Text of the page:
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Second Steps Towards Eating Real Foods: Switching Your Food Sources
Posted By Diana On January 16, 2013 @ 3:00 am In Healthy kids,Nutrition,Real Food,Real, whole food,Realfoodmadesimple,Traditional foods | Comments Disabled
By Diana , Contributing Writer
Are you working to ditch processed foods and put more real food on the table? This month we're running a series called Real Food Made Simple: A Beginner's Guide to Eating Better . Our goal is to answer the questions  you might have and make the transition a whole lot easier!
I am so excited to be a part of the Real Food Made Simple series  on Keeper of the Home. I've been on a real food journey for over six years now and my hope is to share with you some of the knowledge I've gained along the way.
By now you've learned a bit about what real food means , first steps towards eating real foods , and you have learned some great tips on how to cut your kitchen time in half . You've also learned how to read food labels  and tackle the great grain debate .
Now it's time to think about your food sources.
Two of the biggest challenges for many people trying to switch their food sources is:
Many people do not understand the significance in nourishing our bodies with real foods. By eating organic or local, to some, you may seem bourgeois.
For me, the importance of sourcing real food is for the health and well being of my children.
There are studies upon studies of the detrimental effects that industrially-raised and conventional foods can create. From a weakened immune system, behavioral problems , to early onset puberty  – my children are much too important to care what others may deem elite.
I would rather be feeding my children real foods without preservatives, chemicals, and hormones knowing well that their little bodies and immune systems will be strong and nourished.
*This is just the tip of the iceberg on the importance of sourcing real food for health.
Many people first attempting to make a change to real foods are under the assumption that buying organic and pasture raised/grass-fed foods is too expensive. They assume that they can't afford it.
In my Real Food, Food Budget series  I share how I buy real food for my family with $100 - $120 a week.
The key is to:
To read the full article on menu planning and saving money on real food, click here . To read the full article on saving money by buying in bulk, bartering, working, and making the right connections, click here .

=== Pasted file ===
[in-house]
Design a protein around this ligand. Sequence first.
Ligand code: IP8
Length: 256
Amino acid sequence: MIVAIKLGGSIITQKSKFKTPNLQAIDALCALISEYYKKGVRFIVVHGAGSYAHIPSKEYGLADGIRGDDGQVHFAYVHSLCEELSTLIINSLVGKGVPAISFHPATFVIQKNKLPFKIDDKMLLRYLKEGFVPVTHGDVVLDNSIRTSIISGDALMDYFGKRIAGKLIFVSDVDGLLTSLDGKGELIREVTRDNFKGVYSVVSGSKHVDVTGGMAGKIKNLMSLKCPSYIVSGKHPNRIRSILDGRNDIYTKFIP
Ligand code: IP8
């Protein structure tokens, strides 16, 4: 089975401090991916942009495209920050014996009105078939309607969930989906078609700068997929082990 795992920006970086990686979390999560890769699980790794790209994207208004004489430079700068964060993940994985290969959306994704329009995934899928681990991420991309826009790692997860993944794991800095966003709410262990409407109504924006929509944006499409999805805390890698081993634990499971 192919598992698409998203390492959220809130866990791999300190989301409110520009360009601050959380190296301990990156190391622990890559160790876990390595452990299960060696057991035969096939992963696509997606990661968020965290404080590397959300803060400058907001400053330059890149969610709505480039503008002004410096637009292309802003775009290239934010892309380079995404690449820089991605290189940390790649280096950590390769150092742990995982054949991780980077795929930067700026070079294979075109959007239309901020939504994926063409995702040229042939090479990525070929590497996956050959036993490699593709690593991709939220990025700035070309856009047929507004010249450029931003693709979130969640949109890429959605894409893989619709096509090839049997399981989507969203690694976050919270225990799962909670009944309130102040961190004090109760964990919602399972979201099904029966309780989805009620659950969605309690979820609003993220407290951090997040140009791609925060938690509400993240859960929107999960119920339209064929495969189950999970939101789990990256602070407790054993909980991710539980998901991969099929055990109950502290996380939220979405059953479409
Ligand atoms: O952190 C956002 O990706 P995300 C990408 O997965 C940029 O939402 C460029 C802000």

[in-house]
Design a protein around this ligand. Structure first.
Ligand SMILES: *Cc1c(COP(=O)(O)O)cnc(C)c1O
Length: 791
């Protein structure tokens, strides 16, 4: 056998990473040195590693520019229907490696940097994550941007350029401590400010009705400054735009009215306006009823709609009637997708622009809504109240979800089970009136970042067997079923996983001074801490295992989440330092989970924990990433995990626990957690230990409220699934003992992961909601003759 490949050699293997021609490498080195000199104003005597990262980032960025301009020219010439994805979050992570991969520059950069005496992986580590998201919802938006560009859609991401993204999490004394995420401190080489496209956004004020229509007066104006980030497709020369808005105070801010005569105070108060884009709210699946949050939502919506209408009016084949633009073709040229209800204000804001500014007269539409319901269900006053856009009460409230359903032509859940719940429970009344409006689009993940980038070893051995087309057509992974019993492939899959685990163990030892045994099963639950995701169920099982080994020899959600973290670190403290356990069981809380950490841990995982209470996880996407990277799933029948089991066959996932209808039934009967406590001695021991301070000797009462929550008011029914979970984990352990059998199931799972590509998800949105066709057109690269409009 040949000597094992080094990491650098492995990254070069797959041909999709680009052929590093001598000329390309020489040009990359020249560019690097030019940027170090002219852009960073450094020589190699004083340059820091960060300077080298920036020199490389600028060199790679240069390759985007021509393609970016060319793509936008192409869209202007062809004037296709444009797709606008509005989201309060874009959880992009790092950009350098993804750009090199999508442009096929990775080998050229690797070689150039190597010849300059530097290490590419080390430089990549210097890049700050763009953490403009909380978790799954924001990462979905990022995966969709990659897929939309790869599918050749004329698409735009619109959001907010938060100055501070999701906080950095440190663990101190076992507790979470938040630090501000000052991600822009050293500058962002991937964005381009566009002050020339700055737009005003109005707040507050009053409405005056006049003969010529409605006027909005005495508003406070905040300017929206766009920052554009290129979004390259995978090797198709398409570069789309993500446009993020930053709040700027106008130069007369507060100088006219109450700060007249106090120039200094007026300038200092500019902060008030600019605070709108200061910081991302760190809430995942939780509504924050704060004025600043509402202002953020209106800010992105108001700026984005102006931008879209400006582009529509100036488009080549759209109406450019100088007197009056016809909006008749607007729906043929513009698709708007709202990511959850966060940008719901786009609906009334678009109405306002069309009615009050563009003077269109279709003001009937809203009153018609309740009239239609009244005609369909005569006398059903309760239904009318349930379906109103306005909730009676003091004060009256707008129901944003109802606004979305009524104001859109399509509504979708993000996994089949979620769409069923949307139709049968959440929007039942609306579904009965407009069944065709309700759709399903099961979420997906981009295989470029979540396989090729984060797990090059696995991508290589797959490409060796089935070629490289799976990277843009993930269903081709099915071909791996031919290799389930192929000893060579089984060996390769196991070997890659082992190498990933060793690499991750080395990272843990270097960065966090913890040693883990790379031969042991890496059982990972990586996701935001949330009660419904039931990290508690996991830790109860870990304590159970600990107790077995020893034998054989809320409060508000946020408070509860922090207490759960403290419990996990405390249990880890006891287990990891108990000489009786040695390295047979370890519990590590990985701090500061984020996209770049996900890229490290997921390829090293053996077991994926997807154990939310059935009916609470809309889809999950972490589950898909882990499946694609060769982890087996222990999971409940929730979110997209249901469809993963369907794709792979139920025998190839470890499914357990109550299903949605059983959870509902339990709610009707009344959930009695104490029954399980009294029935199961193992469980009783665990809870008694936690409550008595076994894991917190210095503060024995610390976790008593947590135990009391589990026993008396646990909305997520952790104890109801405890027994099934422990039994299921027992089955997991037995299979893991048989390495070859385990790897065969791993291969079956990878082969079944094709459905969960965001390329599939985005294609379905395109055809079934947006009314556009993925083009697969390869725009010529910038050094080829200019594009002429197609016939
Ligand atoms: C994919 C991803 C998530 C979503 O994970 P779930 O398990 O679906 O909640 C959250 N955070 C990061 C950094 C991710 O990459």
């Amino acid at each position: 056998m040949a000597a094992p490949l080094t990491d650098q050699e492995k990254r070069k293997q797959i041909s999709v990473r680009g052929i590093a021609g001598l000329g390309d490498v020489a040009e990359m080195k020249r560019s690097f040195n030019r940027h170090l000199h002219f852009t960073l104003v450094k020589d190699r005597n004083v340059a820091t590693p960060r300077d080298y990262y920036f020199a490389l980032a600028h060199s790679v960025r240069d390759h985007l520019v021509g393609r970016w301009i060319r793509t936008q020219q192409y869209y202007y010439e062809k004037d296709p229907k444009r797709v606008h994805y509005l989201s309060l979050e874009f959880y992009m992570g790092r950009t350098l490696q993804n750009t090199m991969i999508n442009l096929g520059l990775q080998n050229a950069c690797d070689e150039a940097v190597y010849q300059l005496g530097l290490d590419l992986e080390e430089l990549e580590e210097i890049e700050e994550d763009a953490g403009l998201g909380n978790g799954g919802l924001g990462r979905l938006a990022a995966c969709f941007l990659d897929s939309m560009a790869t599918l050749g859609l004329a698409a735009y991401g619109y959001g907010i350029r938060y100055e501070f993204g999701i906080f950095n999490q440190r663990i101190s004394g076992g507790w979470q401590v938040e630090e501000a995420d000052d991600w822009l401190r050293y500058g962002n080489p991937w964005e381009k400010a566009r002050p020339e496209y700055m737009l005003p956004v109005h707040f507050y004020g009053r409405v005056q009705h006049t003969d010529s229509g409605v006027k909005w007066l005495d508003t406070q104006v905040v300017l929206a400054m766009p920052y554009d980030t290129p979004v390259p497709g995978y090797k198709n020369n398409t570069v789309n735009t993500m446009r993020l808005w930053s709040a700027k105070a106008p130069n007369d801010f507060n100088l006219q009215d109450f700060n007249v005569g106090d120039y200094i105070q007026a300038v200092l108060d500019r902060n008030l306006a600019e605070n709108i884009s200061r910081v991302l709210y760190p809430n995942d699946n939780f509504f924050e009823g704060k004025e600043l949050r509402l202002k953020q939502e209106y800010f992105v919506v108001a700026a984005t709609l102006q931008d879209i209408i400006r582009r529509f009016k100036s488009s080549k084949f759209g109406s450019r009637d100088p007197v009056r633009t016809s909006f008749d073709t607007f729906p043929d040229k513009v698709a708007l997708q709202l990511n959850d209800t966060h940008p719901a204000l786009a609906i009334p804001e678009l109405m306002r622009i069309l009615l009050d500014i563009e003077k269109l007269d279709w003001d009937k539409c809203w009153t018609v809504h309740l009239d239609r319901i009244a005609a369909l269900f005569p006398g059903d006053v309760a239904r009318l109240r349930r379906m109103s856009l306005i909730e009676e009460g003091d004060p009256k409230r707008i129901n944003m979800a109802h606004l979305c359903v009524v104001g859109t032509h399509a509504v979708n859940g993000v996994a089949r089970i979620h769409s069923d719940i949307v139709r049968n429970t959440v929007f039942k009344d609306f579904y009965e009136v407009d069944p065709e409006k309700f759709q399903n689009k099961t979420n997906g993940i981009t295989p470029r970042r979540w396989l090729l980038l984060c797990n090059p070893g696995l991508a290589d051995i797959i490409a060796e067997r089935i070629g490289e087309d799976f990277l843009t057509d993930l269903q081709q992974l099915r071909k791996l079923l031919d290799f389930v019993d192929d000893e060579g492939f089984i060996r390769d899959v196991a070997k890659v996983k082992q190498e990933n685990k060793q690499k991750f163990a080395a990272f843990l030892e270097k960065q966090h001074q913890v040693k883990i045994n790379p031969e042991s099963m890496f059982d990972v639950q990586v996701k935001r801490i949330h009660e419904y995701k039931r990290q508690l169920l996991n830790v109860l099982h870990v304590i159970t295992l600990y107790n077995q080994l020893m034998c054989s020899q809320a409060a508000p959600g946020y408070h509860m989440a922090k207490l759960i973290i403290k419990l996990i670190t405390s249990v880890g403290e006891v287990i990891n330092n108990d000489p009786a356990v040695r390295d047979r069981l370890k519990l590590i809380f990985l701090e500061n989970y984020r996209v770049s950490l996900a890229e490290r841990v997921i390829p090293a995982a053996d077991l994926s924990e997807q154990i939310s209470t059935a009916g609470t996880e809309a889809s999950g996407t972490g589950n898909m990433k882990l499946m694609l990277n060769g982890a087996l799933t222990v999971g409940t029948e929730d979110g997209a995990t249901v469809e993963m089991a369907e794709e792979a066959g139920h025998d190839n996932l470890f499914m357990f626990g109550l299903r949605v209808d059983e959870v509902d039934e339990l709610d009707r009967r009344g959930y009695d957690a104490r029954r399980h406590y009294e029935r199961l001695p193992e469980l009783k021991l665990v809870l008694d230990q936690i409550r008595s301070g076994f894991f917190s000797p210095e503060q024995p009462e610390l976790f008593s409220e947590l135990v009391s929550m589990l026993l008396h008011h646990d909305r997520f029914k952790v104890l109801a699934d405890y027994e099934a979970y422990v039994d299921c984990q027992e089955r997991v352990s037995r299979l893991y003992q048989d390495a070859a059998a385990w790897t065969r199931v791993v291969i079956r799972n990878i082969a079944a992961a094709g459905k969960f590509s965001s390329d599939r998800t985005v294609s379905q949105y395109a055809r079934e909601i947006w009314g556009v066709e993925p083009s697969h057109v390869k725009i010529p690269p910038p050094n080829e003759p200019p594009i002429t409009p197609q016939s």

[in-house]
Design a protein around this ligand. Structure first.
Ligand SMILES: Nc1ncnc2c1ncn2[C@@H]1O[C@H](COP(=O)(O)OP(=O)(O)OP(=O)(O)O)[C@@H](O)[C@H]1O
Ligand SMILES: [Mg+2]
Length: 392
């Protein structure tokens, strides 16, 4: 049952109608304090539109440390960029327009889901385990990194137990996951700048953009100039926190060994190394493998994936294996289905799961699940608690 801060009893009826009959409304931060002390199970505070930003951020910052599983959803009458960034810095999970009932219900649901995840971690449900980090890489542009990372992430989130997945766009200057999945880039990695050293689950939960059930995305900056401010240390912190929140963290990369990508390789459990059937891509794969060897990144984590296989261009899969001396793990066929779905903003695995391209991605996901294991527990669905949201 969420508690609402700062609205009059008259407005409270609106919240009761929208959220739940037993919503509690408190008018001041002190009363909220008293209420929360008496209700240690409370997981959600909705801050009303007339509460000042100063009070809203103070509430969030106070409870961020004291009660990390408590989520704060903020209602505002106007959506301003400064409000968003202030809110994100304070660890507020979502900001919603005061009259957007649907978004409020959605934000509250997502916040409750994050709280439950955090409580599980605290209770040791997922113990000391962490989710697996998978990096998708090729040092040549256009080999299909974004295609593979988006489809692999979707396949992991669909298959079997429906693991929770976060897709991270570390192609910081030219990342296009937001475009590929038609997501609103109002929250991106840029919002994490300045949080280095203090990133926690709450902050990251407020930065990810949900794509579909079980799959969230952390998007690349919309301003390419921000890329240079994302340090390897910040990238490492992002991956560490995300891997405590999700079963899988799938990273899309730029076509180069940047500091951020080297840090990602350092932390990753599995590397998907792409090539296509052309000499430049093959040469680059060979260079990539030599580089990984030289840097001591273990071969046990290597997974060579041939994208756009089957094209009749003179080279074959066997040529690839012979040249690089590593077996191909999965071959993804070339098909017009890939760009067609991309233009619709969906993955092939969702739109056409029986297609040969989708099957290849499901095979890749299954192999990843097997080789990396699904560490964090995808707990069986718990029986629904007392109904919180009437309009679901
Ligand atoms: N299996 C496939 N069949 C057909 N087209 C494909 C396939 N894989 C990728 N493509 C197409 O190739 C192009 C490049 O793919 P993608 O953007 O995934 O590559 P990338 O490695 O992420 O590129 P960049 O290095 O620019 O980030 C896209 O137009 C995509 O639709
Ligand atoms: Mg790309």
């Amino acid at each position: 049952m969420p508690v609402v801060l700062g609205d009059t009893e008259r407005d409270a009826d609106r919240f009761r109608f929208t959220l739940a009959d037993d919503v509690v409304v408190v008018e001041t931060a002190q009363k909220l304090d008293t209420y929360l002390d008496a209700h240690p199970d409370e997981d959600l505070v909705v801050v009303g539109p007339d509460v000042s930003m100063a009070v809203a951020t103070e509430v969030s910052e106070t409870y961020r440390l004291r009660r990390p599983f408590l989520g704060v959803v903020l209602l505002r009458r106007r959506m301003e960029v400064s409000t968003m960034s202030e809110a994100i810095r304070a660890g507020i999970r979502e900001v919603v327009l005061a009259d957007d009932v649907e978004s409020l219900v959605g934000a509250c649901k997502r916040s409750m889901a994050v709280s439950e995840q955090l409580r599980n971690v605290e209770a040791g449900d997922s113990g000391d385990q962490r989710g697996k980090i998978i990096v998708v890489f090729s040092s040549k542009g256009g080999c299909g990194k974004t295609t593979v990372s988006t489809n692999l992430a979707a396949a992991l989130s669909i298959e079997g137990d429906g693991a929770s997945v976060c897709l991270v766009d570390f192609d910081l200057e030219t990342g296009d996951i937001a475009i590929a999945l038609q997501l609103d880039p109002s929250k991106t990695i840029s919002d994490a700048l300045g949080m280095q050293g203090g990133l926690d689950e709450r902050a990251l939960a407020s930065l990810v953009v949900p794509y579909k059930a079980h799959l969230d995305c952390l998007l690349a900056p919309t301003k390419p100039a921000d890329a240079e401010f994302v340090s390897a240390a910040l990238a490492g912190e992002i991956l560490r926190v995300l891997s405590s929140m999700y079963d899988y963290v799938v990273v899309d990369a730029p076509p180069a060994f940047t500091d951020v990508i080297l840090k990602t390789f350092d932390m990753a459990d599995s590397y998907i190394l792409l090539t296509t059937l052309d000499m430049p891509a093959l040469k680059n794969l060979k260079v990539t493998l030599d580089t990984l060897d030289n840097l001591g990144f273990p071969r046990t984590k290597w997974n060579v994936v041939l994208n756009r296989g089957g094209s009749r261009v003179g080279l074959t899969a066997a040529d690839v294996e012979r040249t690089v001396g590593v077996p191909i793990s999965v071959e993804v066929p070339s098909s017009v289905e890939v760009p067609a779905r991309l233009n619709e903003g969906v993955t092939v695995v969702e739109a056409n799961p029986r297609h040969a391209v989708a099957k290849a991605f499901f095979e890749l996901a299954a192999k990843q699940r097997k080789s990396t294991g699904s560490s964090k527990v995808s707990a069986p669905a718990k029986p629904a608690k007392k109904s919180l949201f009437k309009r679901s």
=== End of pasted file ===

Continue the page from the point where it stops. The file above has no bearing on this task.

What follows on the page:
Stephanie's note: I absolutely agree with Diana, and employ the same types of strategies. I've written a full-length book on this topic- Real Food on a Real Budget: How to Eat Healthy for Less . You can also read a post that I wrote on What I Would Feed my Family on a Monthly Budget of $250 . It really is possible to eat real food on a tight budget!
It would be incredibly expensive to replace your entire pantry. Instead, start with the top foods that contain the most chemicals, preservatives, and hormones.
1. Full Fat Dairy
Toxins from hormones and pesticides are stored in animal fat. If you're buying conventionally-raised milk, cheese, yogurt, and butter, you can be sure that they contain these toxins.
Cheese, yogurt, and other dairy products:
It's amazing to think that 80% of antibiotics sold in the United States is for farm animals .
Local, pasture-raised meat  can be costly. We are so used to paying CHEAP prices for meat, that we don't understand why local has to cost more. Please remember that family farmers pour sweat and blood into raising animals as God intended for our nourishment. The meat contains nutrients that far surpass anything you'll find in a grocery store packed in cellophane.
*Living in Iowa, I haven't even touched on the environmental issues and health problems from the thousands of factory farms.
Make it a resolution to buy local meat this year. If you're getting a tax return, invest it in your family's health. I personally get grass-fed meat from Ebersole Cattle Company  and pasture-raised heritage breed pork from Stamps Family Farm . Both family farmers ship to the entire United States and also have payment plans.
To find a local source, visit localharvest.org .